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Charnley Total Hip Arthroplasty with Cement Minimum Twenty-five-Year Follow-up*
John J. Callaghan, M.D.†; Jay C. Albright, M.D.†; Devon D. Goetz, M.D.‡; Jason P. Olejniczak, B.A.†; Richard C. Johnston, M.D.†
View Disclosures and Other Information
Investigation performed at Iowa Methodist Medical Center, Des Moines, and the University of Iowa College of Medicine, Iowa City, Iowa
*One or more of the authors has received or will receive benefits for personal or professional use from a commercial party related directly or indirectly to the subject of this article. In addition, benefits have been or will be directed to a research fund, foundation, educational institution, or other nonprofit organization with which one or more of the authors is associated. Funds were received in total or partial support of the research or clinical study presented in this article. The funding source was National Institutes of Health Grant AR43314.
†Department of Orthopaedics, University of Iowa College of Medicine, Iowa City, Iowa 52242. E-mail address for J. J. Callaghan: john-callaghan@uiowa.edu.
‡Des Moines Orthopaedic Associates, 6001 Westown Parkway, West Des Moines, Iowa 50266.

J Bone Joint Surg Am, 2000 Apr 01;82(4):487-487
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Abstract

Background: This report presents the results of the senior author's initial twenty-five-year experience with the use of Charnley total hip arthroplasty with cement. The purpose of this paper was to evaluate the long-term results of total hip arthroplasty.

Methods: Between July 1970 and April 1972, the senior author (R. C. J.) performed 330 Charnley total hip replacements with cement using a hand-packing cement technique in 262 patients. Fifty-one patients (sixty-two hips) who were alive at least twenty-five years postoperatively were evaluated from a clinical standpoint with use of a standard-terminology questionnaire. The average age of this group at the time of surgery was fifty-six years (range, thirty-five to seventy-one years) compared with sixty-five years (range, twenty-one to eighty-nine years) for the entire group. All patients were evaluated for radiographic changes at the time of their most recent follow-up. Of the fifty-one patients (sixty-two hips) who were alive at least twenty-five years postoperatively, thirty-one (thirty-six hips) had a follow-up radiograph made at a minimum of twenty-five years after the surgery. The average duration of radiographic follow-up for the fifty-one patients was 22.7 years (range, two to twenty-seven years).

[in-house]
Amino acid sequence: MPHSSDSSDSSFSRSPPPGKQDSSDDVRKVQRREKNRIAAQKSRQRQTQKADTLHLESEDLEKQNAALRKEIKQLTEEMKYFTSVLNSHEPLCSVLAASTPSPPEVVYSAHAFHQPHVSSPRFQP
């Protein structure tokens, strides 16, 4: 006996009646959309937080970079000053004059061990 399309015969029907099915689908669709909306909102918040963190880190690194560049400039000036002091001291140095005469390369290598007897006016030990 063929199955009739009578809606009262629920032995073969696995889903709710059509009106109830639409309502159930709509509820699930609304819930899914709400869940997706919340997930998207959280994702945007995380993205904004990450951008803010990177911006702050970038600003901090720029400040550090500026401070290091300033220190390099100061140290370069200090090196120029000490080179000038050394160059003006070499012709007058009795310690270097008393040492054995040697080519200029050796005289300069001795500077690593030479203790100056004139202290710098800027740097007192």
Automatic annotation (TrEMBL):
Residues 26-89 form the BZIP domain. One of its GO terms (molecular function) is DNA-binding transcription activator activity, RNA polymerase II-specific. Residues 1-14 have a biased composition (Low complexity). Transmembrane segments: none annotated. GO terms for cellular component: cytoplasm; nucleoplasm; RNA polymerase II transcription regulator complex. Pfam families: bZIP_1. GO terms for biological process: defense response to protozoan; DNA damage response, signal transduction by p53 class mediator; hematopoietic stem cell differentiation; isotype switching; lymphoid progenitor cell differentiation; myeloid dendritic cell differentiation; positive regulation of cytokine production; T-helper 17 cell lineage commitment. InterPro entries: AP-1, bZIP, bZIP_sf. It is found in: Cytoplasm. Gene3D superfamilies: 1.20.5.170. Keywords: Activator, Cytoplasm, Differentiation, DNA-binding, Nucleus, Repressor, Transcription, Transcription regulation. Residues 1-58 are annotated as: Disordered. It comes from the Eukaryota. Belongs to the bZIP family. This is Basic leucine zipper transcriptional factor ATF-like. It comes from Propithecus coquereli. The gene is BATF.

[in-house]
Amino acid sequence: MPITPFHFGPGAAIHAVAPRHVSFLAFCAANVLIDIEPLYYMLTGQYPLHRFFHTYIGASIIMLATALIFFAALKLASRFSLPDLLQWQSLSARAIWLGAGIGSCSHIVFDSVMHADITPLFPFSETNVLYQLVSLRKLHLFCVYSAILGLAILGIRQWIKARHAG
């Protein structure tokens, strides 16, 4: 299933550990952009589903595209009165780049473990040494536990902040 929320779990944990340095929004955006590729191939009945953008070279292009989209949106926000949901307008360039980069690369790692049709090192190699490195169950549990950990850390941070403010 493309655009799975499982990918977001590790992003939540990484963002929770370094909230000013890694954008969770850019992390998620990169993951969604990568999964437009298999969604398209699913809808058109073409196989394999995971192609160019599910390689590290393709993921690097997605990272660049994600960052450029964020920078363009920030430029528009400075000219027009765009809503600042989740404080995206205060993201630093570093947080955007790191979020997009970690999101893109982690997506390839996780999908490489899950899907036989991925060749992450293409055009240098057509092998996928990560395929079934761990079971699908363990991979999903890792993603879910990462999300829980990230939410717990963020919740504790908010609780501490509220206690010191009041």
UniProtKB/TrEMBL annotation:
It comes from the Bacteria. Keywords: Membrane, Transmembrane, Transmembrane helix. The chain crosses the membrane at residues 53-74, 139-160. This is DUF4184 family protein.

Results: Of the sixty-two hips in the fifty-one patients who were alive at least twenty-five years postoperatively, fourteen (23 percent) had been revised. Three (5 percent) had the revision because of loosening with infection; eleven (18 percent), because of aseptic loosening; and none, because of dislocation. The prevalence of revision due to aseptic loosening of the acetabular component in all 316 hips (excluding those that were lost to follow-up or that were revised for infection or dislocation) was 6 percent (eighteen hips), whereas the prevalence in the fifty-nine hips (excluding the three revised for infection) in the patients who were alive at least twenty-five years after the arthroplasty was 15 percent (nine hips). The prevalence of revision because of aseptic loosening of the femoral component in all 316 hips was 3 percent (nine hips), and the prevalence in the fifty-nine hips in the living patients was 7 percent (four hips). In the group of living patients, osteolysis occurred in Gruen zone 1 or 7 in thirty-three hips and in Gruen zones 2 through 6 in two hips. Ballooning acetabular osteolysis occurred in five hips.

Of the 327 hips for which the outcome was known after a minimum of twenty-five years, 295 (90 percent) had retained the original implants until the patient died or until the most recent follow-up examination. Of the sixty-two hips in patients who lived for at least twenty-five years after the surgery, forty-eight (77 percent) had retained the original prosthesis.

Conclusions: Our follow-up study at twenty-five years following Charnley total hip arthroplasty with cement demonstrates the durability of the results of the procedure. These results should provide a means for comparison with the results of newer cementing techniques as well as those associated with newer cemented and cementless hip designs.

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    Accreditation Statement
    These activities have been planned and implemented in accordance with the Essential Areas and policies of the Accreditation Council for Continuing Medical Education (ACCME) through the joint sponsorship of the American Academy of Orthopaedic Surgeons and The Journal of Bone and Joint Surgery, Inc. The American Academy of Orthopaedic Surgeons is accredited by the ACCME to provide continuing medical education for physicians.
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